The po­lit­i­cal mes­sage from cen­tral bank’s con­sumer con­fi­dence sur­vey


Mint Asia ST - - Mark To Market -

The Re­serve Bank of In­dia’s (RBI) con­sumer con­fi­dence sur­vey is im­por­tant be­cause con­fi­dent con­sumers buy more goods and ser­vices, pro­vid­ing a boost to the econ­omy. But it’s also a barom­e­ter of how happy peo­ple are with the gov­ern­ment’s man­age­ment of the econ­omy. With the gen­eral elec­tions so near, could the con­sumer con­fi­dence sur­vey pro­vide some clues to the po­lit­i­cal fu­ture?

Let’s take peo­ple’s per­cep­tion about their em­ploy­ment prospects first. In De­cem­ber 2013, a few months be­fore the last gen­eral elec­tions and soon af­ter the ta­per tantrum that un­set­tled In­dia’s econ­omy, only 29.1% of those sur­veyed said their eco­nomic con­di­tion had im­proved from what it was a year ago, while 34.4% said it had wors­ened. The rest said there had been no change in their job prospects. The net re­sponse, or those who thought their job prospects were brighter than what they were a year ago mi­nus those who thought they were bleaker, was a neg­a­tive 5.3 per­cent­age points.

What is the sit­u­a­tion now? In the Septem­ber 2018 RBI sur­vey, 35.2% said their em­ploy­ment prospects had im­proved, while 45.5% said they had wors­ened. The net re­sponse is a neg­a­tive 10.3 per­cent­age points, far worse than in De­cem­ber 2013.

How­ever, those sur­veyed are hope­ful that job prospects will im­prove a year from now. The one-year-ahead-ex­pec­ta­tions sur­vey shows that 54.1% say job prospects will im­prove, while 29% be­lieve they will worsen. That’s a net pos­i­tive re­sponse of 25.1 per­cent- age points. Even in De­cem­ber 2013, 45.1% thought their job prospects would im­prove, while the net re­sponse was a pos­i­tive 24.9 per­cent­age points, only slightly lower than what it is now. That is not a good sig­nal for the in­cum­bent gov­ern­ment.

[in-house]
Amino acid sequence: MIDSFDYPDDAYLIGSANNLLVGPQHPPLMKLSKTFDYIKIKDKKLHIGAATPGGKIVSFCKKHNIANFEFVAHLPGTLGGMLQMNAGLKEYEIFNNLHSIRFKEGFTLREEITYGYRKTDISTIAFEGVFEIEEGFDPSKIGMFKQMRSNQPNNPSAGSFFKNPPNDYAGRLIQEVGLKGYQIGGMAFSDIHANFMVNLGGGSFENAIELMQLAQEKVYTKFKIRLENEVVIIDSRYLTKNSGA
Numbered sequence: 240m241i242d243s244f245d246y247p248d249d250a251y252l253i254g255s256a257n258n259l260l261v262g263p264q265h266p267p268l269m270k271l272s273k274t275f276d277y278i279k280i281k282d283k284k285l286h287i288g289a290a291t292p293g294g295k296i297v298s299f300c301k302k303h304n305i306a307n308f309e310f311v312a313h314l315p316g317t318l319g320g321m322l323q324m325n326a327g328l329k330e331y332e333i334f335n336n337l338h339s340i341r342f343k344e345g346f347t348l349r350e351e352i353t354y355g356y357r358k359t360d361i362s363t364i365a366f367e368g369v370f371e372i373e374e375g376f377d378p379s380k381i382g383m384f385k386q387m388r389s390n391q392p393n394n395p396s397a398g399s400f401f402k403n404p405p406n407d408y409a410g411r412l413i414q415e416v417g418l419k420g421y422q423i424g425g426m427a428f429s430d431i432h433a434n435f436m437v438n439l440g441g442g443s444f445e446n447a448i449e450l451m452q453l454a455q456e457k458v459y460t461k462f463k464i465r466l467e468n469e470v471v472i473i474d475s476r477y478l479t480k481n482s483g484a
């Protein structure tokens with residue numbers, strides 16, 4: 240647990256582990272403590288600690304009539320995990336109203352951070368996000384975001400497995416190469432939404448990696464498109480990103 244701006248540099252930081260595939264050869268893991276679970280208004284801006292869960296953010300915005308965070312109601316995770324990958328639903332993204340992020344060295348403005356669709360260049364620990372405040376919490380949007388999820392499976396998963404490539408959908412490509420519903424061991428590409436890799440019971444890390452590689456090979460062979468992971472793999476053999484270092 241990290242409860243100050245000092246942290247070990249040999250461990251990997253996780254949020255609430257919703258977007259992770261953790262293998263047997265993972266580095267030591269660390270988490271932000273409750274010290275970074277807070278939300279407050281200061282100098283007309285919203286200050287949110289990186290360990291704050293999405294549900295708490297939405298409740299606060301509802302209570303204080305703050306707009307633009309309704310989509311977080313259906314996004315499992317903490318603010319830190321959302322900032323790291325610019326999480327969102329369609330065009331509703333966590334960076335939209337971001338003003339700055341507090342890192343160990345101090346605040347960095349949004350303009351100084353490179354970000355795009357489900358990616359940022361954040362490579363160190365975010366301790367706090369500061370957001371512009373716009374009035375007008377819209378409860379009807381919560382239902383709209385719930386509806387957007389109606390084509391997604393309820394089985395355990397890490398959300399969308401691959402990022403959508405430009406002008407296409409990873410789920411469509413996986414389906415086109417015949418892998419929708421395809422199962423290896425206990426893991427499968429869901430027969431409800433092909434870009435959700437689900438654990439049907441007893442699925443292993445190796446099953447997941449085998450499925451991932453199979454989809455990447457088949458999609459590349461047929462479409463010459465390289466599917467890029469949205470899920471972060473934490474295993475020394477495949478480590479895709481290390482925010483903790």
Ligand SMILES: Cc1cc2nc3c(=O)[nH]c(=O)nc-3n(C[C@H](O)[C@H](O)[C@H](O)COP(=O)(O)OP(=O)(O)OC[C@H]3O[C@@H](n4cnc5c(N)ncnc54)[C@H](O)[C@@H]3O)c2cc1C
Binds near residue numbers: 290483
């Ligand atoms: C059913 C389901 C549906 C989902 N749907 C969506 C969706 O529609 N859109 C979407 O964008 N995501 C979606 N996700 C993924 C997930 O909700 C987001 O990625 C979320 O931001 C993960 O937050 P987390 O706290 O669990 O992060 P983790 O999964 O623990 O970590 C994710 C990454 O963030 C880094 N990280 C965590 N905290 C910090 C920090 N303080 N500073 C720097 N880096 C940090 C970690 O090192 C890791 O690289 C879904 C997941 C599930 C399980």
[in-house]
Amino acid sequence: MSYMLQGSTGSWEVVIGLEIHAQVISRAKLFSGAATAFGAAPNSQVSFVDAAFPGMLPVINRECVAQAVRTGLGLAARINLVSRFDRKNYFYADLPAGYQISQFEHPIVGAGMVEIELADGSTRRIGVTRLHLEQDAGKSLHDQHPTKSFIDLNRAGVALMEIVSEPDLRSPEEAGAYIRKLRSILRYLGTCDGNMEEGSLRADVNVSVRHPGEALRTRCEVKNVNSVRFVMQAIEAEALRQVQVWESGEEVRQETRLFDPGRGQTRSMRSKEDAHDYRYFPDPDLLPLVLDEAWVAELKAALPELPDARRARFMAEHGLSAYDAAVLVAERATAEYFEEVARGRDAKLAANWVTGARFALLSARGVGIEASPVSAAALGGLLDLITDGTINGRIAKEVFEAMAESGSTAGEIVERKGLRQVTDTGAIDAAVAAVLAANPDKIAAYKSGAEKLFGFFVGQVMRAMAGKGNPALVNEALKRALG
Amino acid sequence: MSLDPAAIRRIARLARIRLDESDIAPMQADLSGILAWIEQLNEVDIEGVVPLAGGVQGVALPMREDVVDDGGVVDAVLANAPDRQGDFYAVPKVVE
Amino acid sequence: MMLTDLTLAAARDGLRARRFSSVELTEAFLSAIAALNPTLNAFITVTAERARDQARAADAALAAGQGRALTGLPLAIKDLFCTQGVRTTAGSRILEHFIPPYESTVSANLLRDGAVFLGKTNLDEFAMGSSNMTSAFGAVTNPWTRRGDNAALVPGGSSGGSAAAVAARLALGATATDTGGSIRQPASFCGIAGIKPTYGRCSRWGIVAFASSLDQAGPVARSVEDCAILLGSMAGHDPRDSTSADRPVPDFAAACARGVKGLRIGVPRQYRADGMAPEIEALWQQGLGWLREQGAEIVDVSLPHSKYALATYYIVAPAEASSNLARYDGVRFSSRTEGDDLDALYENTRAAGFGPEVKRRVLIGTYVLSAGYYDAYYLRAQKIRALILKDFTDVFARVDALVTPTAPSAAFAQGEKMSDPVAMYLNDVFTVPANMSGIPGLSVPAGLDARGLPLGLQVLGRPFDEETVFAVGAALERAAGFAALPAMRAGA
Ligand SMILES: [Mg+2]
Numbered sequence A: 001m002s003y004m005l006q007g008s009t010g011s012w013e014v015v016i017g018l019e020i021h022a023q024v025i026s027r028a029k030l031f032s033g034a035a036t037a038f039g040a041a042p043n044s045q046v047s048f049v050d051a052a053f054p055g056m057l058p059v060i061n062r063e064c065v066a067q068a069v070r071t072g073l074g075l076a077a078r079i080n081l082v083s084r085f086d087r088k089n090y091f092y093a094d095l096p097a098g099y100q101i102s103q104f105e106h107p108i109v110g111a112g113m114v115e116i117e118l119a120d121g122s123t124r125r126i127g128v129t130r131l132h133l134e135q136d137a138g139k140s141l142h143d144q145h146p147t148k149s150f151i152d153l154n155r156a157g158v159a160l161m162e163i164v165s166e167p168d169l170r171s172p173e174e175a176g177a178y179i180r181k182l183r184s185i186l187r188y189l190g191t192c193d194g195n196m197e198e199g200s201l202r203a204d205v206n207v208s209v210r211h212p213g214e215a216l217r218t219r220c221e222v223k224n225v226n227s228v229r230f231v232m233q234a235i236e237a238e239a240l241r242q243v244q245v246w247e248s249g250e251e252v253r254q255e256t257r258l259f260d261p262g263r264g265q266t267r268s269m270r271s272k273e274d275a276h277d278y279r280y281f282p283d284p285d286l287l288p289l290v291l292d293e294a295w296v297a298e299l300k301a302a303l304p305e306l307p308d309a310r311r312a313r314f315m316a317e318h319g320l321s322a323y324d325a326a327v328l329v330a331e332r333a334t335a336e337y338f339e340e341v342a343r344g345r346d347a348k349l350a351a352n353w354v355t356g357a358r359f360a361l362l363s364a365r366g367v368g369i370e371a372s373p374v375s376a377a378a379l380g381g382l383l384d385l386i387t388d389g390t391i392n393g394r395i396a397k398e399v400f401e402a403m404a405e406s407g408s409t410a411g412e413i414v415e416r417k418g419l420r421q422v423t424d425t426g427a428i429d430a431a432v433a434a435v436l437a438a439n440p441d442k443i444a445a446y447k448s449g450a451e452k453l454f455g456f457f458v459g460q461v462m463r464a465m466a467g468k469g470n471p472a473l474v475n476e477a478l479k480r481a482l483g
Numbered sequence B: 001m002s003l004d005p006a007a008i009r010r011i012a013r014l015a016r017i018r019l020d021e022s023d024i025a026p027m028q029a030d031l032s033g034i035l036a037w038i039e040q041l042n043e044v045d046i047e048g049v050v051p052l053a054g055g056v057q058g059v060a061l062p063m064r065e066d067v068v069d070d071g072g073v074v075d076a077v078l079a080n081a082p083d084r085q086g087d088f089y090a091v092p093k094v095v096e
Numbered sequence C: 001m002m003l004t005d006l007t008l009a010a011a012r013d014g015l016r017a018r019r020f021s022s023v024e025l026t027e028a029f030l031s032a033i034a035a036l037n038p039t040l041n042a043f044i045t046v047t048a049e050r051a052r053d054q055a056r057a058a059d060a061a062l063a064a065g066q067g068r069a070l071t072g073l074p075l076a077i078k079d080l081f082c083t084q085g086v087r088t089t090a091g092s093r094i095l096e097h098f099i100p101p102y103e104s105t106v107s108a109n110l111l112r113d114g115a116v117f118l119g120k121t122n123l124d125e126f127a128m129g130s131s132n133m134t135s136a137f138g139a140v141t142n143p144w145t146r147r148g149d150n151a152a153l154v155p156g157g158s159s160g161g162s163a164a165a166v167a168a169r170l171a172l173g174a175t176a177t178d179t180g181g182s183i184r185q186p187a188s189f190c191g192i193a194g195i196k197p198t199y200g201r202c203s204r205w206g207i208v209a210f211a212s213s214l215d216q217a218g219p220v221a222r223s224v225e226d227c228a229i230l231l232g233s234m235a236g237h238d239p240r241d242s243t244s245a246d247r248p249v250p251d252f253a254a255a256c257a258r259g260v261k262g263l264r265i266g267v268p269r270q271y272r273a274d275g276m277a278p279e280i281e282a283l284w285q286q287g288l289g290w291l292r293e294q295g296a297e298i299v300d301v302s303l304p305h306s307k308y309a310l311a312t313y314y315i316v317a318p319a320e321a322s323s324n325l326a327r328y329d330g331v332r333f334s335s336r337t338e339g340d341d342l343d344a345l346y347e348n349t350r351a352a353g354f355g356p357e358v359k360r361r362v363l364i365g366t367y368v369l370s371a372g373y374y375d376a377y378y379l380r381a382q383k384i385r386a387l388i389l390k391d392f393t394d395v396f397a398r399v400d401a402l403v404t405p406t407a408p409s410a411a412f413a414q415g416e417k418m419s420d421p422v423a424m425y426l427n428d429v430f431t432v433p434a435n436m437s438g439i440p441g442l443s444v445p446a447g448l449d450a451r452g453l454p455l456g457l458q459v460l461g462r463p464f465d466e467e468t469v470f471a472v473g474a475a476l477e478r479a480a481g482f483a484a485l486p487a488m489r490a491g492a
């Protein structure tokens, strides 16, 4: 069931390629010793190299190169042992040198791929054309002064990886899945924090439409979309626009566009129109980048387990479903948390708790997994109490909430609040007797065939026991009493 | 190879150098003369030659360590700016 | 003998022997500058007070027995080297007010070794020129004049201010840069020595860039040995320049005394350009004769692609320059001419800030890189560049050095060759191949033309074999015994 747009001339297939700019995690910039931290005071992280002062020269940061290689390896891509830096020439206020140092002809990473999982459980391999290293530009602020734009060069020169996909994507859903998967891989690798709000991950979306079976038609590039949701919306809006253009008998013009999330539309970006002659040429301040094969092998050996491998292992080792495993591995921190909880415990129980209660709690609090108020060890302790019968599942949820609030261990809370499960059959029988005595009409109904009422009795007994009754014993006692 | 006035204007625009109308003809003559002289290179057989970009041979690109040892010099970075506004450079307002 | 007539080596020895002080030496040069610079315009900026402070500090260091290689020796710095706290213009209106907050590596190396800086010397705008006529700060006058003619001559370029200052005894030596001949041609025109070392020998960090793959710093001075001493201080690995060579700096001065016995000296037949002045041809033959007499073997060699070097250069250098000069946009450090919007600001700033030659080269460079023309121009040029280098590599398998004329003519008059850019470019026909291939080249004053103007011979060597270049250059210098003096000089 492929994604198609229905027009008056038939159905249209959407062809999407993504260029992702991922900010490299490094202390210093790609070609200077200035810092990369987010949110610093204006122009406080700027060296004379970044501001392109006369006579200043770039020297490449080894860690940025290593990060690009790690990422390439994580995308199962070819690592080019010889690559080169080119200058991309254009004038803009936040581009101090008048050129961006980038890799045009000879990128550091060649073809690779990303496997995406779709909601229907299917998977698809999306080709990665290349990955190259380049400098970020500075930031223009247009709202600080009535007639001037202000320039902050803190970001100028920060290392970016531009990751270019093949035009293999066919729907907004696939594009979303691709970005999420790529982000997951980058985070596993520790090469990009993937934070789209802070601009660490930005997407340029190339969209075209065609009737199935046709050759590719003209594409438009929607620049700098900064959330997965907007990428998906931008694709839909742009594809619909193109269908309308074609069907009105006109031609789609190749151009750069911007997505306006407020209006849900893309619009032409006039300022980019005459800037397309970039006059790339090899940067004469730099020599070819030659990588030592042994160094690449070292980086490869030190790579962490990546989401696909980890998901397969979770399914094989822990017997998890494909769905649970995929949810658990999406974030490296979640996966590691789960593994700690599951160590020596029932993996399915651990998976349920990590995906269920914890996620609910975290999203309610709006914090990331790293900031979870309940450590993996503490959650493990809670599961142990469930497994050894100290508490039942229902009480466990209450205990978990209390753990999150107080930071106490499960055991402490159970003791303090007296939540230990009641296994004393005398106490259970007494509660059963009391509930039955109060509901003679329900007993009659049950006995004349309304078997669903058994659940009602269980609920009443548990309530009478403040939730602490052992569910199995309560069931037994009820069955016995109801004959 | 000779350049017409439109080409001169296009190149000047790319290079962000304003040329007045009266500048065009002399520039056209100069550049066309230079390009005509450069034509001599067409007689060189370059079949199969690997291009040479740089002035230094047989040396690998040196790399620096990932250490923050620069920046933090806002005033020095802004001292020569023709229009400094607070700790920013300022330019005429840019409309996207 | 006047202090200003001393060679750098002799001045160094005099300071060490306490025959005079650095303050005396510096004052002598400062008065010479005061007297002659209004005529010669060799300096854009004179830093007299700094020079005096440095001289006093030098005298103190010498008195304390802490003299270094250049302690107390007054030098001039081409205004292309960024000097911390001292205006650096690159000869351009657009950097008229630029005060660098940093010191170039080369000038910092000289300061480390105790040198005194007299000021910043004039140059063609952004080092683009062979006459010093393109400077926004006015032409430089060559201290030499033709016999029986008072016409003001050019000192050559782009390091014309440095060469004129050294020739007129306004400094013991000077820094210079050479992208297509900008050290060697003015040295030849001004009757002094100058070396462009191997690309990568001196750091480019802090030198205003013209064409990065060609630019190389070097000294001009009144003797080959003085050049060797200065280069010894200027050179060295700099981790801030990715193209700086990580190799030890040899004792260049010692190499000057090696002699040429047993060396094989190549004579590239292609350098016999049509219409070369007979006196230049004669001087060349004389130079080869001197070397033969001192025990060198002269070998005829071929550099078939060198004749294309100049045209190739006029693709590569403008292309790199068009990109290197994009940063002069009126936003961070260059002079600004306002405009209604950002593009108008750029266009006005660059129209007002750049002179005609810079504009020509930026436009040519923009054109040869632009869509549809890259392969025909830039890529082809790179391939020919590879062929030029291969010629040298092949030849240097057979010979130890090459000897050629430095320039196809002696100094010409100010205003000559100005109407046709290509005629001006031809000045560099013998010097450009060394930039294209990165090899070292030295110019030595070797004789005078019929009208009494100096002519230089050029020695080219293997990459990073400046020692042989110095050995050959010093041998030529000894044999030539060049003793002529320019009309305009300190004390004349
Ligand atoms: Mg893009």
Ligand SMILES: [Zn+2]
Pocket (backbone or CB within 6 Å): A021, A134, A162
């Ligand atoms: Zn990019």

Let’s take per­cep­tions of in­come next. In De­cem­ber 2013, 30.9% of those sur­veyed by RBI said their in­comes had in­creased from what they were a year ago, while 15.5% said in­comes had fallen. The net re­sponse was a pos­i­tive 15.4 per­cent­age points. In Septem­ber 2018, 28.3% said their in­comes had risen, while 23.4% said they had de­creased. The net re­sponse is a mere 4.9 per­cent­age points, much worse than in De­cem­ber 2013.

What about ex­pec­ta­tions for the year ahead? The net re­sponse in Septem­ber 2018, at 51.3 per­cent­age points, is higher than the net re­sponse of 37.2 per­cent­age points in 2013. Peo­ple re­main hope­ful that in­comes will rise; the gov­ern­ment can de­rive some so­lace from that.

On in­fla­tion, the net re­sponse in Septem­ber 2018 is bet­ter than in 2013. The per­cep­tion of the eco­nomic sit­u­a­tion is also bet­ter. The de­tails are given in the ac­com­pa­ny­ing chart. Note that this sur­vey is done in six big cities, so it is a gauge of sentiment in metropoli­tan In­dia, and not small towns and vil­lages. Also, note the de­te­ri­o­ra­tion in sentiment com­pared to that in Septem­ber 2016, be­fore de­mon­e­ti­za­tion started.

RBI’S cur­rent sit­u­a­tion in­dex of the con­sumer con­fi­dence sur­vey is at 94.8 for Septem­ber 2018, com­pared to 91.6 in De­cem­ber 2013, not too much of a gap. But the fu­ture ex­pec­ta­tions in­dex is at 121.1 now, com­pared to a mere 96.9 in De­cem­ber 2013.

In­deed, the gov­ern­ment has done a re­mark­able job of keep­ing peo­ple’s hopes alive.

The risk for the gov­ern­ment is that cur­rent re­al­ity may fi­nally dampen fu­ture ex­pec­ta­tions, which is what seems to be hap­pen­ing in the mar­kets.

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